Even the tiniest of towns can do good things for the environment and contribute to global efforts to fighting climate change. We usually cover big cities and their efforts of improving their relationship with the natural environment, so it’s worth looking at the other end of the scale. We’ve looked at a zero-waste town in Japan, a town banning bottled water, and way back in 2007 we looked at a town banning smoking around kids and another that was Europe’s first town to ban plastic bags. This all proves that no matter where you live you can make the world a better place and maybe you can get inspired by these villages.
Grist has collected recent examples of small towns making big change. Here’s one that decided to fight apathy:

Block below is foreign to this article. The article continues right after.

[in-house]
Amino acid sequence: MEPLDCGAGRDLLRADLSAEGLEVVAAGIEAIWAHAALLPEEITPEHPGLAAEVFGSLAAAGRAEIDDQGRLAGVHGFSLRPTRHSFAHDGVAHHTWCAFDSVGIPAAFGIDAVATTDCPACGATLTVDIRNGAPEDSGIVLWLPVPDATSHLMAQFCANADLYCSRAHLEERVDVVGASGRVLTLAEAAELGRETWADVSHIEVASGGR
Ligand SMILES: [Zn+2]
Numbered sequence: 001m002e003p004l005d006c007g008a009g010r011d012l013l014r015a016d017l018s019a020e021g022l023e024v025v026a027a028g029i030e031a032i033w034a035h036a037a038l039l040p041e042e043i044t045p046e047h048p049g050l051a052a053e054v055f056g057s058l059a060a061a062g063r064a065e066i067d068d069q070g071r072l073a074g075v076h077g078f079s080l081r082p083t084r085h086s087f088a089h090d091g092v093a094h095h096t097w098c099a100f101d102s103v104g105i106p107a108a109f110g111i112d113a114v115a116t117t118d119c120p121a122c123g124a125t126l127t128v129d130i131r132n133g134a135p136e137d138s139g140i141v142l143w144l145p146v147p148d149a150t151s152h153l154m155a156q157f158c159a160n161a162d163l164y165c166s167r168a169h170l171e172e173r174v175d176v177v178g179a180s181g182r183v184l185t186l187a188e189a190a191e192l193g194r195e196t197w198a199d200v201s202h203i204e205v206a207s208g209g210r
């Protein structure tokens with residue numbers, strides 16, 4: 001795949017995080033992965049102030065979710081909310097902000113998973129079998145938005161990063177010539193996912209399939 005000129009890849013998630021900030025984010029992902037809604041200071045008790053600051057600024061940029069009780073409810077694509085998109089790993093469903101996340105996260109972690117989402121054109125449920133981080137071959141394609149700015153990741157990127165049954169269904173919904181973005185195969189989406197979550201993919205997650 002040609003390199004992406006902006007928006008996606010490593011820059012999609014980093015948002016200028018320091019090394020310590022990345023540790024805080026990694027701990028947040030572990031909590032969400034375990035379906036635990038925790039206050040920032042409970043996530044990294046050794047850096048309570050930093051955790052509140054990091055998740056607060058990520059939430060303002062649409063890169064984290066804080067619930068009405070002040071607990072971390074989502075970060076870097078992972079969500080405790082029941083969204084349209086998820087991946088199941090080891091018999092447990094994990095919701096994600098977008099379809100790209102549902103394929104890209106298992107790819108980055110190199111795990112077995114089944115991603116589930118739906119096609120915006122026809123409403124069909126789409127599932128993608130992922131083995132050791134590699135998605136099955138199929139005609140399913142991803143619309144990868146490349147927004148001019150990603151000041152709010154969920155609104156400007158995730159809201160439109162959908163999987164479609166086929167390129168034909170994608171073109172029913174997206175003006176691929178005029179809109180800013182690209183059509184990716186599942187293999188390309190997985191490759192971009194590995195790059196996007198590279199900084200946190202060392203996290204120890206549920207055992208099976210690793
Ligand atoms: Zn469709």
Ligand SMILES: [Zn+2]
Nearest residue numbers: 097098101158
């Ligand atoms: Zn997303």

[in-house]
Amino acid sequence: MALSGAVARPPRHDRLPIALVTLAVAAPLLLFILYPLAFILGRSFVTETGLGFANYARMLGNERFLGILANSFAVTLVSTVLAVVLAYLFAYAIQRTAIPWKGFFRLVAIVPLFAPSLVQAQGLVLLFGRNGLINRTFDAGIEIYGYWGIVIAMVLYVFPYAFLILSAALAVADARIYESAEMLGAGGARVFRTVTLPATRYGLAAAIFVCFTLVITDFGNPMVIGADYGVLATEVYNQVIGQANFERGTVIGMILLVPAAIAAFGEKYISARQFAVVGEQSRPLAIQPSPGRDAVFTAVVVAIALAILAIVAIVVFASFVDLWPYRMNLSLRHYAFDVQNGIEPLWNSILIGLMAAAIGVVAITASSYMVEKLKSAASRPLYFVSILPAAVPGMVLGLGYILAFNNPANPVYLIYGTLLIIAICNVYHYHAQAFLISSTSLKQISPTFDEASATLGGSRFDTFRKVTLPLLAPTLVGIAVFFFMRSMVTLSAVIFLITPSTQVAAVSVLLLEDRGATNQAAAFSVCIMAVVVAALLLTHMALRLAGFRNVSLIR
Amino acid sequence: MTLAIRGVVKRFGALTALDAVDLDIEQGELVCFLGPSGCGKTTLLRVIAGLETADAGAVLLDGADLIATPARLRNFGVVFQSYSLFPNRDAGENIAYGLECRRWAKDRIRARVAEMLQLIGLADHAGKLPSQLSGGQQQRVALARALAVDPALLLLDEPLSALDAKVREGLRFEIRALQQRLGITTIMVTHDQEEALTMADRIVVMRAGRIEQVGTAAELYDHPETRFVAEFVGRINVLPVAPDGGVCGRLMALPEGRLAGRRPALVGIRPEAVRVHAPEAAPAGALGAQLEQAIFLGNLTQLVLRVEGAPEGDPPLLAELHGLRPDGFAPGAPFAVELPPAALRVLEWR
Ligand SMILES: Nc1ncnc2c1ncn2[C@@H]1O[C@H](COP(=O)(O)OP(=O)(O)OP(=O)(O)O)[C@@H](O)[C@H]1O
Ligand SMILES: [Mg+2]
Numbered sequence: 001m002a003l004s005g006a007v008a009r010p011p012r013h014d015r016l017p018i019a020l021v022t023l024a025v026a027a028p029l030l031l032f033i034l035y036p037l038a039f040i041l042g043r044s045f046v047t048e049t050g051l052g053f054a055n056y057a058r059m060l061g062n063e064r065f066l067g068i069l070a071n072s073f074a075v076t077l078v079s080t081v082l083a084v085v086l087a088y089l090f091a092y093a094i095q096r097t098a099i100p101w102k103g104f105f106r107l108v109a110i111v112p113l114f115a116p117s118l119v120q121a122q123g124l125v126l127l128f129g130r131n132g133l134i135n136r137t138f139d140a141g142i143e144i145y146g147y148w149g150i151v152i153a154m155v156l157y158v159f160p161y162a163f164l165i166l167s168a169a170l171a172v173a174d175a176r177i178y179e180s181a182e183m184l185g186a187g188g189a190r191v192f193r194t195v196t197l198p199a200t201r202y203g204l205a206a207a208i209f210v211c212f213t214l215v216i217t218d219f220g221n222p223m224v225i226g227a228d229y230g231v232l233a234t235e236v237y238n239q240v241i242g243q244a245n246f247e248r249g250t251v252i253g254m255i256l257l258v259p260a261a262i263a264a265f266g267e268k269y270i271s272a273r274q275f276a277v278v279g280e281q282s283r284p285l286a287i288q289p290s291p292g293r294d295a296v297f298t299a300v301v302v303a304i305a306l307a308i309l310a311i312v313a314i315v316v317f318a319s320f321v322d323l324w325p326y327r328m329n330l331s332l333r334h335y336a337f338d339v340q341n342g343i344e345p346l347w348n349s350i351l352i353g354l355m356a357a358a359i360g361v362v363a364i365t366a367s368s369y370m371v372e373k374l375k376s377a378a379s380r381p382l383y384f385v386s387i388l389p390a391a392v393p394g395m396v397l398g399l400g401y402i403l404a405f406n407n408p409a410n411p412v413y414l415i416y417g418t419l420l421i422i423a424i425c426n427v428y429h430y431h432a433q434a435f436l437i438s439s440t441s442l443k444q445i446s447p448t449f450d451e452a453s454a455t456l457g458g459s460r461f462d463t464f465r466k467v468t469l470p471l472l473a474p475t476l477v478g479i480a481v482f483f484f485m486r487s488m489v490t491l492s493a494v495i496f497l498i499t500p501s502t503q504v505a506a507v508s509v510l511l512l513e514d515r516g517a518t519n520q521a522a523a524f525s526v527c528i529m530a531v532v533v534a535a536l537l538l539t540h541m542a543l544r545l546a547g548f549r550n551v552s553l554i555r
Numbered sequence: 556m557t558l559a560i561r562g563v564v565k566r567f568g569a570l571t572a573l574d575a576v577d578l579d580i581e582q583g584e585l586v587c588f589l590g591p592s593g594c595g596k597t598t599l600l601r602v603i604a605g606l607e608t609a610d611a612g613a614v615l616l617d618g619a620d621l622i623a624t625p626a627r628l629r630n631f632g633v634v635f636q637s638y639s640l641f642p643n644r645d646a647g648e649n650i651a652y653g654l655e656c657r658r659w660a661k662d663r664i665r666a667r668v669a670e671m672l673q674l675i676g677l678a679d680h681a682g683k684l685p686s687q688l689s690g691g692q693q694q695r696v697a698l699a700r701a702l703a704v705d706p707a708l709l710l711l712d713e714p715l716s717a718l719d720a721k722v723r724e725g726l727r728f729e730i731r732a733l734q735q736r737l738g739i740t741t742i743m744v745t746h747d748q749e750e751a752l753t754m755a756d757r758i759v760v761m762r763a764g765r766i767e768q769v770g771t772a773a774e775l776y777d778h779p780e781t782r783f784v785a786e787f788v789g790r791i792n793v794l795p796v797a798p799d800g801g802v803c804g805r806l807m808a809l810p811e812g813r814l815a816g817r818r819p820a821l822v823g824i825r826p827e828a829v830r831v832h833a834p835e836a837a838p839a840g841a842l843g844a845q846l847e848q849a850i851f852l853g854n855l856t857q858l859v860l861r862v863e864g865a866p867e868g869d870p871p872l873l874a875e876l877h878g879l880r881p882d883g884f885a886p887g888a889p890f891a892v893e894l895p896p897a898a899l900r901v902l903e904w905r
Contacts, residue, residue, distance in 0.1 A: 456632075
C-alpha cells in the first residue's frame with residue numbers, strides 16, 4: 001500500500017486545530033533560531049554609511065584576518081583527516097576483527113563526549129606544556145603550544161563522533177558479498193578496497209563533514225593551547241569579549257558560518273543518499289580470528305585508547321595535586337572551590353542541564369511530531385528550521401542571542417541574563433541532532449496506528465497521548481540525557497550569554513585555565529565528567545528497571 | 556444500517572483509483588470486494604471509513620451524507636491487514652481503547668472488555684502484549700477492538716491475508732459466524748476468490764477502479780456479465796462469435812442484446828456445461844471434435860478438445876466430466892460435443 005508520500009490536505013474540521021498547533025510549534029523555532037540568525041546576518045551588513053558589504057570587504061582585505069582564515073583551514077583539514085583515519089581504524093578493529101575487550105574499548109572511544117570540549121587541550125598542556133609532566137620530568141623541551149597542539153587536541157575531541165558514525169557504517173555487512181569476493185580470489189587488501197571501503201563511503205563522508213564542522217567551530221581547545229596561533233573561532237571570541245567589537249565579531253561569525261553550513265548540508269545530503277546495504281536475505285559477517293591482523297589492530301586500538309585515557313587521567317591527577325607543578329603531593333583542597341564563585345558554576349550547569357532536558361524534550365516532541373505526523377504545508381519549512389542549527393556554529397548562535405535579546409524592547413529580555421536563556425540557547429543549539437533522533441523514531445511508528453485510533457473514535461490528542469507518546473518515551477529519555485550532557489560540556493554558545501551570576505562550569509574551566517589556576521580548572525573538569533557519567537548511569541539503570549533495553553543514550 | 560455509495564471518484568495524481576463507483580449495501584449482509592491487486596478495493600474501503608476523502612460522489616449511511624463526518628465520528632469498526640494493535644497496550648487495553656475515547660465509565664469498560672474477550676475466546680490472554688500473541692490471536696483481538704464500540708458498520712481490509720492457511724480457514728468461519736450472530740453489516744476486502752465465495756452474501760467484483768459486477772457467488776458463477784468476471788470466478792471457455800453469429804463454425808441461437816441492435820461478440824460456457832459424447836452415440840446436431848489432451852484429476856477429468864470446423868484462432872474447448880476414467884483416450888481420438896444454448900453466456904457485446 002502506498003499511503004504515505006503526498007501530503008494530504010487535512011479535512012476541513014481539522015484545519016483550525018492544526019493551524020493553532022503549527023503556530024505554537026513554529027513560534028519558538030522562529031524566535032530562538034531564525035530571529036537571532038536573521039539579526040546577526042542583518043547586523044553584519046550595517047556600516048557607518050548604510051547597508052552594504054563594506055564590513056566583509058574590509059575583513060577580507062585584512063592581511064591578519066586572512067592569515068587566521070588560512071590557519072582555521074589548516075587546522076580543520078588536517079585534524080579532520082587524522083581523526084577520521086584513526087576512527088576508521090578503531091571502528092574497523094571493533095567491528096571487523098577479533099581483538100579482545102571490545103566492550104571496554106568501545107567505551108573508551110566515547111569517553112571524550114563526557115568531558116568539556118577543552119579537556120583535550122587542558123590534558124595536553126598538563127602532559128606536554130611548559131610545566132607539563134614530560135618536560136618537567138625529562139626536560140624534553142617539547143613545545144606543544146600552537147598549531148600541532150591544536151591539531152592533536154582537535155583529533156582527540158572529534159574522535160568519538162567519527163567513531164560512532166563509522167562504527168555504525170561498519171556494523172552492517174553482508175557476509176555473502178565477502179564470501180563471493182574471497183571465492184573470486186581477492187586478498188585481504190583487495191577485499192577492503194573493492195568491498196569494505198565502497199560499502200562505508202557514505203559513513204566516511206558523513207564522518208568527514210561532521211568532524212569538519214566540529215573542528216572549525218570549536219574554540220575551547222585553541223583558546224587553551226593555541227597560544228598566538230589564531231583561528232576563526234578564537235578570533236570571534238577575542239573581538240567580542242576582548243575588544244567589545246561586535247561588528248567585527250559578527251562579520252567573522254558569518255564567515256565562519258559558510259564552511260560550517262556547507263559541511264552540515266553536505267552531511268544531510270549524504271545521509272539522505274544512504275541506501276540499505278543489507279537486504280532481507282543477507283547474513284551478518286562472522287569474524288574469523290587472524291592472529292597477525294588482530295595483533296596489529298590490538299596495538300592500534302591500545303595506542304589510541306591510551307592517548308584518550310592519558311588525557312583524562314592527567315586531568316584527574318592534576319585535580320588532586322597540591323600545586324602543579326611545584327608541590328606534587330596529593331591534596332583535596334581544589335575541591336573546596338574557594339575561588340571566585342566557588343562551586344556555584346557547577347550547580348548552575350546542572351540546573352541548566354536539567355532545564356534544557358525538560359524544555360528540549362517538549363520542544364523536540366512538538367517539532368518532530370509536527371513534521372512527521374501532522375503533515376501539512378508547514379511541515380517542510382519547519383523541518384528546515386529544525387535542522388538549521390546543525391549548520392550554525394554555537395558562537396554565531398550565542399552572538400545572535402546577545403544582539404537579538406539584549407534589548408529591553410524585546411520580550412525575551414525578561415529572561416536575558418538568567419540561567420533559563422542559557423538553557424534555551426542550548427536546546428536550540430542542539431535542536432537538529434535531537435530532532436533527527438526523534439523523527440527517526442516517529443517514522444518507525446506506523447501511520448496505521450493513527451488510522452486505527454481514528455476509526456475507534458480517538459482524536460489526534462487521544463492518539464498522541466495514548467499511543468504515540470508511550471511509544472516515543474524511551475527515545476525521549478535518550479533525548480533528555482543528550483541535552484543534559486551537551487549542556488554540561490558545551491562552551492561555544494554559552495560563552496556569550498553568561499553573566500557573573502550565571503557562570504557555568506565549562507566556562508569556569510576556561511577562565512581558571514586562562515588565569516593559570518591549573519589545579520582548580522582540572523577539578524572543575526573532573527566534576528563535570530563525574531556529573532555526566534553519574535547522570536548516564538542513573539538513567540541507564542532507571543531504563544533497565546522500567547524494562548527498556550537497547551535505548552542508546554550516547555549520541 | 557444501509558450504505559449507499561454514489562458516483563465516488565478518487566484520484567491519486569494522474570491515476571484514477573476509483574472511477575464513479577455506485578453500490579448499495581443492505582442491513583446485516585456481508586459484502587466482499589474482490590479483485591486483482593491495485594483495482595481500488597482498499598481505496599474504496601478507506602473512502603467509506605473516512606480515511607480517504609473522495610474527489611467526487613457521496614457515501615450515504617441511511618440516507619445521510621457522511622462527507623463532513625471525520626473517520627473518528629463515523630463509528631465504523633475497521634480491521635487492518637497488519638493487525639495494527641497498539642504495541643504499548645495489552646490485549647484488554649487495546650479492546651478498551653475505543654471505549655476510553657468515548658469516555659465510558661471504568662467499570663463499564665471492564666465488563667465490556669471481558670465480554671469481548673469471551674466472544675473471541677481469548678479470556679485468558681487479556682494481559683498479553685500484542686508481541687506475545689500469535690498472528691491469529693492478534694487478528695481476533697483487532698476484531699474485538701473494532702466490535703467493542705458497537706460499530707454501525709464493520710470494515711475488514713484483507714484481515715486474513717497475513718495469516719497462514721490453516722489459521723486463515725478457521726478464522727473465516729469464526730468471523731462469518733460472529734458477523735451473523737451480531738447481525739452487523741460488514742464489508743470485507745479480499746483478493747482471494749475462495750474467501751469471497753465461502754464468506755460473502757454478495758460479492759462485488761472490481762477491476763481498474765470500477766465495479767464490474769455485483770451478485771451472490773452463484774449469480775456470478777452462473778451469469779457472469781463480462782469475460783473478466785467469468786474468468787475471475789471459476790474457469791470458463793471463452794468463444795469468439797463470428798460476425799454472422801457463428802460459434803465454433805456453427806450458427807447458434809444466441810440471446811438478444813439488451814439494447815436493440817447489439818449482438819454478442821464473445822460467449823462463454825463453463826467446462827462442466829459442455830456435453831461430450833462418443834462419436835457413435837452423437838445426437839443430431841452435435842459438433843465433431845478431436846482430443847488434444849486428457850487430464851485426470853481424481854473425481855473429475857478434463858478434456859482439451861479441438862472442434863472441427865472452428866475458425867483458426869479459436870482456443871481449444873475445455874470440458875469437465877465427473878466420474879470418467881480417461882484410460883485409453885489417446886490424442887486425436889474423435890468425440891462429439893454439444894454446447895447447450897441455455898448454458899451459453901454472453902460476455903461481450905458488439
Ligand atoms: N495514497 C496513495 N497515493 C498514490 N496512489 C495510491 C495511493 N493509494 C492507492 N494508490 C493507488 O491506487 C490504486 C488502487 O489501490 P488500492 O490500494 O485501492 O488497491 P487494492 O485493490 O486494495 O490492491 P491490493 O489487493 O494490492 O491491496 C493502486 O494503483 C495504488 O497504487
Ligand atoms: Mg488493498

Ashton Hayes, a small town in the British countryside, set out to be the country’s first carbon-neutral community in 2006. But instead of using policy to regulate emissions, the community-led initiative focused on changing residents’ behavior. The townspeople strung up clotheslines, took fewer flights, and improved the insulation in their homes, shrinking their total carbon footprint by 40 percent so far.
Garry Charnook, the villager who jumpstarted the town’s low-carbon quest, told the New York Times: “There’s so much apathy. We need to squeeze that layer of apathy jelly and get it out.” About 200 towns, cities, and counties from around the globe have reached out to the Ashton Hayes community to learn how, exactly, they squeezed their “apathy jelly” (what is that — a dessert?) and got to work.
Read about more towns making change.